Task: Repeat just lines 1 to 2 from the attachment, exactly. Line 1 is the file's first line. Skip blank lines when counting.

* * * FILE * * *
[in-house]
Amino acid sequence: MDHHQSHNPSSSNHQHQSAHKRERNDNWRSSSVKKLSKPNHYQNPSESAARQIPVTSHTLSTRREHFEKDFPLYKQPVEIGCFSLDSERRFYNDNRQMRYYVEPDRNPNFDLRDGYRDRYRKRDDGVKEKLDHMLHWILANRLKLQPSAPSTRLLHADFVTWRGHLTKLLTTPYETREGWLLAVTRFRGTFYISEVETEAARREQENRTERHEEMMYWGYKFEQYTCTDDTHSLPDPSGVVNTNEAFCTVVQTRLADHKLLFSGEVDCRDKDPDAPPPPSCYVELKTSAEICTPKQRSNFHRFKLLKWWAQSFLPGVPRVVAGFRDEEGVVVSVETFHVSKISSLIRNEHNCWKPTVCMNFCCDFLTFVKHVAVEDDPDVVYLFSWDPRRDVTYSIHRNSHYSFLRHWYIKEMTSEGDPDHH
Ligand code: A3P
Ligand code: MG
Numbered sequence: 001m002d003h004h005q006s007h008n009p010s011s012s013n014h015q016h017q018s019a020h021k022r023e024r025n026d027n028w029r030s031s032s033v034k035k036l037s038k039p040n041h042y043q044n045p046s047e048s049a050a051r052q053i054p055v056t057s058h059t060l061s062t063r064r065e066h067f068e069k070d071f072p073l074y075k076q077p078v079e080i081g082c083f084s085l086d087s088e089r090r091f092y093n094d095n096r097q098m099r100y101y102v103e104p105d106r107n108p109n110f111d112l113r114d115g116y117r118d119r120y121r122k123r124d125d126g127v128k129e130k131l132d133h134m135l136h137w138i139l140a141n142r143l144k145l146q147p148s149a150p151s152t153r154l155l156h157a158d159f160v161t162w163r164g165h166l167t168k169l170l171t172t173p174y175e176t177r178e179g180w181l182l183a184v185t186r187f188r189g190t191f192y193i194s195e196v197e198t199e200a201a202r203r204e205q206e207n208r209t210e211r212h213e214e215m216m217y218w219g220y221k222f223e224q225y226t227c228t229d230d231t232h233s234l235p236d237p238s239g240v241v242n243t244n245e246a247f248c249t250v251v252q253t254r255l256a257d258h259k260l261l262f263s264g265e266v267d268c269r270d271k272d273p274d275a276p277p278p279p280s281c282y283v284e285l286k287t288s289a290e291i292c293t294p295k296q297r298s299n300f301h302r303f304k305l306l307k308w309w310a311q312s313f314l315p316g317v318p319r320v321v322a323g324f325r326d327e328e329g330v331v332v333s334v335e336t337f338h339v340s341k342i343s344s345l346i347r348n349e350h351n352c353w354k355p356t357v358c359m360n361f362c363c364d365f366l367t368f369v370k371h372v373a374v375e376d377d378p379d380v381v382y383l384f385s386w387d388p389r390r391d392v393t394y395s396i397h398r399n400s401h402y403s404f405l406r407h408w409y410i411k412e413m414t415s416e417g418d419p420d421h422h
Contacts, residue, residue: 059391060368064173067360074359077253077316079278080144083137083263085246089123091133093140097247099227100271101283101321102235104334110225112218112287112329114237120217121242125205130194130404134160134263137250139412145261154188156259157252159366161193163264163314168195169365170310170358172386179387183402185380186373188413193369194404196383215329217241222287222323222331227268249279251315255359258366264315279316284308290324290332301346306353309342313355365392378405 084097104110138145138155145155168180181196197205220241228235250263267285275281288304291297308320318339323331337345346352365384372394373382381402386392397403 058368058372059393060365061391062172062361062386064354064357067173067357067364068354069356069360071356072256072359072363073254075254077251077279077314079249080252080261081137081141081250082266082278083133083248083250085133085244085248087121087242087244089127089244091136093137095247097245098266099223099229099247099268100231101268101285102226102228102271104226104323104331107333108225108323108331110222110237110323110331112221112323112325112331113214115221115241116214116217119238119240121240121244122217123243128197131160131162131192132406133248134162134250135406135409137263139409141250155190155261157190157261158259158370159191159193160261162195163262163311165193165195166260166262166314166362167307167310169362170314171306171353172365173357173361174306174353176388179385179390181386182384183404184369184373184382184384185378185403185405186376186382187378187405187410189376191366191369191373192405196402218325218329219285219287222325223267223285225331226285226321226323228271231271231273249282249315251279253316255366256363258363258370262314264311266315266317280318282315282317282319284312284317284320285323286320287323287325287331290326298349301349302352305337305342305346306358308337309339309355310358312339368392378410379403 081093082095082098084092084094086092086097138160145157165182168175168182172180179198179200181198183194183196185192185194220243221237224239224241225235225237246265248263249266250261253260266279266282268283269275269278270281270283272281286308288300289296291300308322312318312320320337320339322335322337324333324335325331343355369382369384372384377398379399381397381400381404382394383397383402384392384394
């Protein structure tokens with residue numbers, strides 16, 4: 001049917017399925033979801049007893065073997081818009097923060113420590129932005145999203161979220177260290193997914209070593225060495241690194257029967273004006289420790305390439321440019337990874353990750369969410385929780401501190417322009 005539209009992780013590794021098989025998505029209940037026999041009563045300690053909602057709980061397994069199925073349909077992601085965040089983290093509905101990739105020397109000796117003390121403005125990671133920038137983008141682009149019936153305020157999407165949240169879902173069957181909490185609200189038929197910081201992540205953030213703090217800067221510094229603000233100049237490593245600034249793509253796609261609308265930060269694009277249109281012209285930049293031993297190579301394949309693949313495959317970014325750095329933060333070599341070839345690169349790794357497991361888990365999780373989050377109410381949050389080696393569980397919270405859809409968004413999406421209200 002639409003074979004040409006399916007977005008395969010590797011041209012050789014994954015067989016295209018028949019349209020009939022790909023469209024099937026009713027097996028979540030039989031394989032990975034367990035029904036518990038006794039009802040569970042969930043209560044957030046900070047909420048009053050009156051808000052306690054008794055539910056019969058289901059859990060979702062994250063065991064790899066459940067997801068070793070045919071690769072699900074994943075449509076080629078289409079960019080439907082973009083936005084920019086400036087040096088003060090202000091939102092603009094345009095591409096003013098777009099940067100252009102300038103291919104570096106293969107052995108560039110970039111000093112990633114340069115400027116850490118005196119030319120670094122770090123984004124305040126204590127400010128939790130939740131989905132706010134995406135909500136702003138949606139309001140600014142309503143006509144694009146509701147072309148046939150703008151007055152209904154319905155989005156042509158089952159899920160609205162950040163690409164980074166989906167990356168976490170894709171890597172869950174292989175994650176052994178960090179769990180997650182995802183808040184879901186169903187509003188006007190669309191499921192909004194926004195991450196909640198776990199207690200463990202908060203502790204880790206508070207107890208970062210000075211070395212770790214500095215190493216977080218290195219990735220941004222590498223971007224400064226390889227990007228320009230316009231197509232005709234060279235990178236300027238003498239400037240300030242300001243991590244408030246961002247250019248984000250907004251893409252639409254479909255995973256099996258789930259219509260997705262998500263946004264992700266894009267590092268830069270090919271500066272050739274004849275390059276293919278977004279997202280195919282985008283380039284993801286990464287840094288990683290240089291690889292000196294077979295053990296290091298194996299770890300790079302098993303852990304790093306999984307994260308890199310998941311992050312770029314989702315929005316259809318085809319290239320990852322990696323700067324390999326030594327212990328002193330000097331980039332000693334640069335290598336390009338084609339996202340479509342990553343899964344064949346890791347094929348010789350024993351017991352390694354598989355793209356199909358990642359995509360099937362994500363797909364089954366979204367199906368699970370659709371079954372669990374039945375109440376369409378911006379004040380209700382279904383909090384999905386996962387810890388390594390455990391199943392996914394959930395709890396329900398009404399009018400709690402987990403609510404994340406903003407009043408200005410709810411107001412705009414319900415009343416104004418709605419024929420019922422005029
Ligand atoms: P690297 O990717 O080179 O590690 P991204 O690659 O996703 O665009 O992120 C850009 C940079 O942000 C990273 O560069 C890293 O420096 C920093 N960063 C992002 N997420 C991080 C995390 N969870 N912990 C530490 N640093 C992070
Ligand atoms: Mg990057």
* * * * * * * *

[in-house]
Amino acid sequence: MDHHQSHNPSSSNHQHQSAHKRERNDNWRSSSVKKLSKPNHYQNPSESAARQIPVTSHTLSTRREHFEKDFPLYKQPVEIGCFSLDSERRFYNDNRQMRYYVEPDRNPNFDLRDGYRDRYRKRDDGVKEKLDHMLHWILANRLKLQPSAPSTRLLHADFVTWRGHLTKLLTTPYETREGWLLAVTRFRGTFYISEVETEAARREQENRTERHEEMMYWGYKFEQYTCTDDTHSLPDPSGVVNTNEAFCTVVQTRLADHKLLFSGEVDCRDKDPDAPPPPSCYVELKTSAEICTPKQRSNFHRFKLLKWWAQSFLPGVPRVVAGFRDEEGVVVSVETFHVSKISSLIRNEHNCWKPTVCMNFCCDFLTFVKHVAVEDDPDVVYLFSWDPRRDVTYSIHRNSHYSFLRHWYIKEMTSEGDPDHH